Municipal Commissioner Ajoy Mehta’s submission to the Supreme Court granting special height permissions for redevelopment of buildings along Marine Drive in South Mumbai, has led to apprehensions among local residents who fear congestion on the narrow lanes of the iconic Queen’s Necklace, along side the marring of the heritage fabric of the Art Deco precinct.
Ashok Rao, a resident and a petitioner in the case filed first in the Bombay High court in 2012, has stated that permission to build above the permitted height should be given only in exceptional cases.
“The commissioner has gone above the opinion of two consecutive heritage committees and didn’t even consider the response of the committee in his submission,” Rao said.
He added that the residents were contemplating fresh litigation against the draft guidelines.
On January 11 this year, acting on directions of the Supreme Court, Mehta had submitted draft guidelines for redevelopment of Marine Drive buildings. According to the new guidelines, Mehta had recommended that the height of the front row of buildings that face the sea be raised from the existing limit of 24 metres to 32 metres and the height of the row of buildings behind the seafront buildings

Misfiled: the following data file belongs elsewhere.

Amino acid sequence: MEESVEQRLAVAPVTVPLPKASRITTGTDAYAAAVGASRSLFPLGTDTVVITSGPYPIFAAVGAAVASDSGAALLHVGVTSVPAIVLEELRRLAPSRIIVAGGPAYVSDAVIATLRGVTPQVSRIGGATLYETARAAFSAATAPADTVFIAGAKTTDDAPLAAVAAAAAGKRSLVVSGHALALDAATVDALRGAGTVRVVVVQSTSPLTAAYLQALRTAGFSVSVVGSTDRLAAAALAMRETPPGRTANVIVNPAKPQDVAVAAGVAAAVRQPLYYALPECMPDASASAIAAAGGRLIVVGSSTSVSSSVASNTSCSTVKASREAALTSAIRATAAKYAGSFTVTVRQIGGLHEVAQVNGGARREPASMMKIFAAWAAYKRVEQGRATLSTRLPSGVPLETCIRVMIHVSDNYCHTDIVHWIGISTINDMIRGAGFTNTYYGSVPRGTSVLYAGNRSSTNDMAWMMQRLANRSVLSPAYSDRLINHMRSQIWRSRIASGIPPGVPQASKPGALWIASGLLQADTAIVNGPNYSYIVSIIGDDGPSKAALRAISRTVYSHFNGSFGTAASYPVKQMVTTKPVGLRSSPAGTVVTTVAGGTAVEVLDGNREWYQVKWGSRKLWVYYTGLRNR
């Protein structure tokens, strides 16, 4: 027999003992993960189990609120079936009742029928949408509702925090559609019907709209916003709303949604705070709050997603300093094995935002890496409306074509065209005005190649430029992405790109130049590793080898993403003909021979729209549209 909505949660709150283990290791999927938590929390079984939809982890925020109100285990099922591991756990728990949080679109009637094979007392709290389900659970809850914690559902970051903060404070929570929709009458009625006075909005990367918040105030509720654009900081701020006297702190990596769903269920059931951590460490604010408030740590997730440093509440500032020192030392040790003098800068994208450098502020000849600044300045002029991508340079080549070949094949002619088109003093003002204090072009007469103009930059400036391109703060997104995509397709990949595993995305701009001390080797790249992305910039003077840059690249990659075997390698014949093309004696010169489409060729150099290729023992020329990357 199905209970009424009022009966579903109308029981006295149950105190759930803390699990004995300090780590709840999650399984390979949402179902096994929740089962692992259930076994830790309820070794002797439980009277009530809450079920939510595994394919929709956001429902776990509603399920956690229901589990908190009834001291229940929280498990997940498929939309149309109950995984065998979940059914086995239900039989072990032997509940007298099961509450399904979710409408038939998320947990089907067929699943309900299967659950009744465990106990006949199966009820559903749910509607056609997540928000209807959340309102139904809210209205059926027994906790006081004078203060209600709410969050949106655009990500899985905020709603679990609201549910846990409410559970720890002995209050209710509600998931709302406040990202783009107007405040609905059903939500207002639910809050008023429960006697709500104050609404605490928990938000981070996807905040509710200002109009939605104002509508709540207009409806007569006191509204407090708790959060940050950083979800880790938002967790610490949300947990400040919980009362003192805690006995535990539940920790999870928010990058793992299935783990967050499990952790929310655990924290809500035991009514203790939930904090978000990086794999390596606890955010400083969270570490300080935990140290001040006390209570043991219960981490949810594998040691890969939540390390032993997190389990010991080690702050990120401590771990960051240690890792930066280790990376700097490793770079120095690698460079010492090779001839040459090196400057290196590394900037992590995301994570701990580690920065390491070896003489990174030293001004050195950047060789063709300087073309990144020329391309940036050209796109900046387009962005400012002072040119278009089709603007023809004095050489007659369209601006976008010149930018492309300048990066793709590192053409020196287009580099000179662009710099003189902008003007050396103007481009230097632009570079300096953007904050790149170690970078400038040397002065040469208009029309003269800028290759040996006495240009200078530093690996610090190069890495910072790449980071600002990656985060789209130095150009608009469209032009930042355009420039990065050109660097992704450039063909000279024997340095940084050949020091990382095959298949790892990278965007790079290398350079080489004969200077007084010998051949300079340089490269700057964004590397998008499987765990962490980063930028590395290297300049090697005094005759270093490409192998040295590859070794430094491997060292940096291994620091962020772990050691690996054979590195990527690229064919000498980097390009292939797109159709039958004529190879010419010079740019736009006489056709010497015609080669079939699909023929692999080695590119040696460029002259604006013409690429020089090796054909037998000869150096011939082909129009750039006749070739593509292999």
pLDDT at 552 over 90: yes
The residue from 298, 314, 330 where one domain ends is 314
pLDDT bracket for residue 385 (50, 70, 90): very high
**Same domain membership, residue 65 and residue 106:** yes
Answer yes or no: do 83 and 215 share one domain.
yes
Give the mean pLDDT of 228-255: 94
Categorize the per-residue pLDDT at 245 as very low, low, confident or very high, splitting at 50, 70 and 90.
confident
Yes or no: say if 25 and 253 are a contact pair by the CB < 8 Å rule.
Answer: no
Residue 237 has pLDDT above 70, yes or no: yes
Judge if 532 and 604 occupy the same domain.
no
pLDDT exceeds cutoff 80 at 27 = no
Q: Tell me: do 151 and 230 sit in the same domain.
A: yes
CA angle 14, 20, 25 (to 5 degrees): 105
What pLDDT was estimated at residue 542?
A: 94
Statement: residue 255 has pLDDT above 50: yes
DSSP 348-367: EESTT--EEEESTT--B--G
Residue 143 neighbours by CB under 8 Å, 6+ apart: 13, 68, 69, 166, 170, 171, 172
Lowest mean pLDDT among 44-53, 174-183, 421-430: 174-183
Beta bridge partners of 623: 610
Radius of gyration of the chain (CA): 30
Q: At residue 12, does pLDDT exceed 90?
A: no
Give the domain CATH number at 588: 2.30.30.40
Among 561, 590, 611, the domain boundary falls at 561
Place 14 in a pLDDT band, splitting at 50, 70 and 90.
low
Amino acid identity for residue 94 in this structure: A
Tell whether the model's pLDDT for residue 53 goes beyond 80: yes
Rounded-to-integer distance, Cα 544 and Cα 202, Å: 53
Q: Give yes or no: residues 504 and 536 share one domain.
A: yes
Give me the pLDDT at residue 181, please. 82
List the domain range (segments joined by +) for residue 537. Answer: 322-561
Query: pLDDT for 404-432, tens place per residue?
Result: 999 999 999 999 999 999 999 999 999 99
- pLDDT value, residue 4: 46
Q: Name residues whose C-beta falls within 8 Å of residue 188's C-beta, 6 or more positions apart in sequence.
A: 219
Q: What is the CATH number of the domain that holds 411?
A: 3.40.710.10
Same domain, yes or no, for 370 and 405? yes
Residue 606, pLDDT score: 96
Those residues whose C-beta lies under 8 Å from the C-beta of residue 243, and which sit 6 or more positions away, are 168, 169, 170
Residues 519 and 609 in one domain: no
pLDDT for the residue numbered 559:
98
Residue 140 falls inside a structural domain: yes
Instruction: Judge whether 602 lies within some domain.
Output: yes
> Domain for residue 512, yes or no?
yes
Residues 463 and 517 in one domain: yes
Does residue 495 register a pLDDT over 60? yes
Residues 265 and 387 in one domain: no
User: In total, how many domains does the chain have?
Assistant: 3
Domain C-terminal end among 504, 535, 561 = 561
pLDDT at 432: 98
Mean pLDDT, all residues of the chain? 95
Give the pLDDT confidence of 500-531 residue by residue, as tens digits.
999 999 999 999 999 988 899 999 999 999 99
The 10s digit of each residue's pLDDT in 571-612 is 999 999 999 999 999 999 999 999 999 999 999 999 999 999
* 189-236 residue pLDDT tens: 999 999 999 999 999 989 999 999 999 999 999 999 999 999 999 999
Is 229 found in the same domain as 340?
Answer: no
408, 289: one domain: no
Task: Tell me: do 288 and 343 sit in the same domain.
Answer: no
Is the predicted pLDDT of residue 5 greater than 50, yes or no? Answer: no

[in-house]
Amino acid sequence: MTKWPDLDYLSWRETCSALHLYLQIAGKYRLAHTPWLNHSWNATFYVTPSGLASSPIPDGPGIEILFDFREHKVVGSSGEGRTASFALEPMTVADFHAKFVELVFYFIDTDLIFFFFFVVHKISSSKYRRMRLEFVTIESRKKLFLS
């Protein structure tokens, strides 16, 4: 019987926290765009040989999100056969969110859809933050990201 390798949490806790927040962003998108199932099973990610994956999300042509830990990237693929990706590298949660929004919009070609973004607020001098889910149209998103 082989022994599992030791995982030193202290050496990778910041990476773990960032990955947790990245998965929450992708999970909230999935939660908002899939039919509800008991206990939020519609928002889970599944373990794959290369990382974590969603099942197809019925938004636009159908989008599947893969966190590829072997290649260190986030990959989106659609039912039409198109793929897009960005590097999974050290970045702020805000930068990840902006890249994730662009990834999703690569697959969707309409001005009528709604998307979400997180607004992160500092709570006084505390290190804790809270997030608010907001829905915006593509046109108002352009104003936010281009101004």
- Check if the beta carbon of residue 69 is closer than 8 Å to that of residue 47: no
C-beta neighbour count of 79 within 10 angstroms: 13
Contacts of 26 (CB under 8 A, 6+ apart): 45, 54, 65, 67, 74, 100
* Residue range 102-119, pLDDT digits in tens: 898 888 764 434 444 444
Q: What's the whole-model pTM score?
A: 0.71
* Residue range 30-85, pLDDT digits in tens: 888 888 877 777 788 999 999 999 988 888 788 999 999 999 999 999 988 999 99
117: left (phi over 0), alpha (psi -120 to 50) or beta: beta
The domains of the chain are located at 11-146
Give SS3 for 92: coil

be raised from 24 metres to 58 metres. Of the other two zones in Marine Drive, the draft guidelines propose that the height of the Gymkhana zone buildings be increased from 11-14 metres to 24 metres and Chowpatty zone buildings be increased from 21 metres to 32 metres.
Residents pointed out that redevelopment of the buildings would add to the congestion on the already narrow roads.
Atul Kumar, trustee of the Nariman Point Churchgate Citizens Welfare Trust, said, “The roads in the area are all narrow and have one-way traffic. There is a 40,000-seater Wankhede stadium that exits on the D Road, three colleges, a hostel and residential buildings. Any kind of development in the area will make traffic movement a nightmare.”
The matter in court originally pertained to permissions given by former municipal commissioner Subodh Kumar for increasing height of the Vasant Sagar building to 58 metres. The matter is now pending in the Supreme Court.
A civic official stated that the BMC had followed the directions of the apex court which had stated that the policy has to be made general for all buildings and could not be applied to select buildings.
“The only legal contention raised in court is the area’s identity as a heritage precinct. The ‘line of vision’ to maintain the skyline will not be compromised. The rest, including fire-fighting norms, will be dealt with in the Developmental Control Regulations,” the official said.